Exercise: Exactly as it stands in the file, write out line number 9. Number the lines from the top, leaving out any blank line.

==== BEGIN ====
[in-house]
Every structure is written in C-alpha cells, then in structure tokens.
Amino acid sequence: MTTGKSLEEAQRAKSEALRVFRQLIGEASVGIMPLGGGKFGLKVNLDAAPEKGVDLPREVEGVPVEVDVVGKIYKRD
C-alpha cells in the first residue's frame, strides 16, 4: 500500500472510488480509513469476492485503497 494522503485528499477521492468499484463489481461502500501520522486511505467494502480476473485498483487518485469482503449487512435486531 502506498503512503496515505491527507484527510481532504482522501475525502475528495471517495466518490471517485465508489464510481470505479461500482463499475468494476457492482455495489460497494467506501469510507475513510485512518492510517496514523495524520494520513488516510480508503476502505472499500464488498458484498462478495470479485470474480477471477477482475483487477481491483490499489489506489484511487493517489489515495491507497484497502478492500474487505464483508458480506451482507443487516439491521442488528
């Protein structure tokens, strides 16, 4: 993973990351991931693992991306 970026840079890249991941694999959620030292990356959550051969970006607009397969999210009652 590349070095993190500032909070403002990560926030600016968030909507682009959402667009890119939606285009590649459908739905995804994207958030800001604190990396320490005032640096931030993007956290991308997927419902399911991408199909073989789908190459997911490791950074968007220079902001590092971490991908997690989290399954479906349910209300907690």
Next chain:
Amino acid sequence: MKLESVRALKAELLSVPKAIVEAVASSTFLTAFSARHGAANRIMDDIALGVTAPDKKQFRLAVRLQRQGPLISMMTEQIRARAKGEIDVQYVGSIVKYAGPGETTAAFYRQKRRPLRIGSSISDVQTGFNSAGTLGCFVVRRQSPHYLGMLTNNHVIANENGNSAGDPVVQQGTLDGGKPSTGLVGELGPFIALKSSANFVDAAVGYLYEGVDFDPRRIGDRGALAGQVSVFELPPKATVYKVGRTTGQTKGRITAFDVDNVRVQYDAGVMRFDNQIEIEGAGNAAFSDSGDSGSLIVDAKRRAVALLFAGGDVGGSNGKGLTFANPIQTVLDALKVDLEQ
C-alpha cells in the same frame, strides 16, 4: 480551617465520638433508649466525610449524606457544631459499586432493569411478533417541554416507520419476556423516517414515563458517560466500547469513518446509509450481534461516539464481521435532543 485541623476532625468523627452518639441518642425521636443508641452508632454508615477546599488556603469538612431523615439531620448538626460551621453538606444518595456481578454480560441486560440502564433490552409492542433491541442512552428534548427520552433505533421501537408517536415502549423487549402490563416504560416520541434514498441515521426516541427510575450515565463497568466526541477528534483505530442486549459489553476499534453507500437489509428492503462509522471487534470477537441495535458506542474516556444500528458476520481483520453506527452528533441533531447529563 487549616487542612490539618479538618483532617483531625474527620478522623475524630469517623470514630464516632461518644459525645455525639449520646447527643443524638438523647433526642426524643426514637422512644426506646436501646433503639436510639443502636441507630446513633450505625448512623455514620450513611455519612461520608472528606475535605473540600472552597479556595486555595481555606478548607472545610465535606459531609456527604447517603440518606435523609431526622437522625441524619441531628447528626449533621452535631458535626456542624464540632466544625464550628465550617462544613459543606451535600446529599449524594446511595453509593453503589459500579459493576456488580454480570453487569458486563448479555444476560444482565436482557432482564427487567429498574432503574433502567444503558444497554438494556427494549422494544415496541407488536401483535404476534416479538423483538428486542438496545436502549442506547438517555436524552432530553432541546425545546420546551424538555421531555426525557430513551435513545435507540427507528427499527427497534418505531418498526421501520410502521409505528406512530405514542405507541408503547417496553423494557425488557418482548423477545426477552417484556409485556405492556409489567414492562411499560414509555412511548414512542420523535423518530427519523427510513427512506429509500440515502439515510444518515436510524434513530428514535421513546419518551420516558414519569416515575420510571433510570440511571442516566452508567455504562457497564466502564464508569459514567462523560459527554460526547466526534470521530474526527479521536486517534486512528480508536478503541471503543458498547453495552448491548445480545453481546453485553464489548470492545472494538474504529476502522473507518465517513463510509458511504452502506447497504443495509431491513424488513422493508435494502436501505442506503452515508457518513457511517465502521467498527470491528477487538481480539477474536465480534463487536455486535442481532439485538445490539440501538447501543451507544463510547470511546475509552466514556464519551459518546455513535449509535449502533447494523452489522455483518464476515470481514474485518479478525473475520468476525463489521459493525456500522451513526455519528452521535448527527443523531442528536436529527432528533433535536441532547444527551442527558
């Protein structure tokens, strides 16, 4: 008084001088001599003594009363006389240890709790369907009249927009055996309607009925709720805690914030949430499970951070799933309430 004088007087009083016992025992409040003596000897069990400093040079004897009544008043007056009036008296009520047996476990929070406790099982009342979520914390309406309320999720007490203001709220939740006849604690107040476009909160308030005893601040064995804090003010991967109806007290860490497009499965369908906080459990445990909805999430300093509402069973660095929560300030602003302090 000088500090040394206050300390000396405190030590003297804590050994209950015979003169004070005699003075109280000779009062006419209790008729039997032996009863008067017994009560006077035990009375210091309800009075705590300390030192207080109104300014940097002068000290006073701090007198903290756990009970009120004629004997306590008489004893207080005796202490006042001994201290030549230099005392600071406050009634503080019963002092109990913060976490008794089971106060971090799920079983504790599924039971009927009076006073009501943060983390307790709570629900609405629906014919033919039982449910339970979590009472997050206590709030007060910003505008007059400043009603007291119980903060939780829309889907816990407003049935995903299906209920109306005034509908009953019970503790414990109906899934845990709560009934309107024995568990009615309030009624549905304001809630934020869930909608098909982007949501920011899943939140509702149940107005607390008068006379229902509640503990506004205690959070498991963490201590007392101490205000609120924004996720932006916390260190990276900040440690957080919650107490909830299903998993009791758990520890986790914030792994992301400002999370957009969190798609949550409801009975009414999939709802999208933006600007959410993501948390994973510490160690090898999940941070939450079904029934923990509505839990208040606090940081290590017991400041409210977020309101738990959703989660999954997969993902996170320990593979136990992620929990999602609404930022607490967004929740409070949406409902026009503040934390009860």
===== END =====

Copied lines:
């Protein structure tokens, strides 16, 4: 008084001088001599003594009363006389240890709790369907009249927009055996309607009925709720805690914030949430499970951070799933309430 004088007087009083016992025992409040003596000897069990400093040079004897009544008043007056009036008296009520047996476990929070406790099982009342979520914390309406309320999720007490203001709220939740006849604690107040476009909160308030005893601040064995804090003010991967109806007290860490497009499965369908906080459990445990909805999430300093509402069973660095929560300030602003302090 000088500090040394206050300390000396405190030590003297804590050994209950015979003169004070005699003075109280000779009062006419209790008729039997032996009863008067017994009560006077035990009375210091309800009075705590300390030192207080109104300014940097002068000290006073701090007198903290756990009970009120004629004997306590008489004893207080005796202490006042001994201290030549230099005392600071406050009634503080019963002092109990913060976490008794089971106060971090799920079983504790599924039971009927009076006073009501943060983390307790709570629900609405629906014919033919039982449910339970979590009472997050206590709030007060910003505008007059400043009603007291119980903060939780829309889907816990407003049935995903299906209920109306005034509908009953019970503790414990109906899934845990709560009934309107024995568990009615309030009624549905304001809630934020869930909608098909982007949501920011899943939140509702149940107005607390008068006379229902509640503990506004205690959070498991963490201590007392101490205000609120924004996720932006916390260190990276900040440690957080919650107490909830299903998993009791758990520890986790914030792994992301400002999370957009969190798609949550409801009975009414999939709802999208933006600007959410993501948390994973510490160690090898999940941070939450079904029934923990509505839990208040606090940081290590017991400041409210977020309101738990959703989660999954997969993902996170320990593979136990992620929990999602609404930022607490967004929740409070949406409902026009503040934390009860």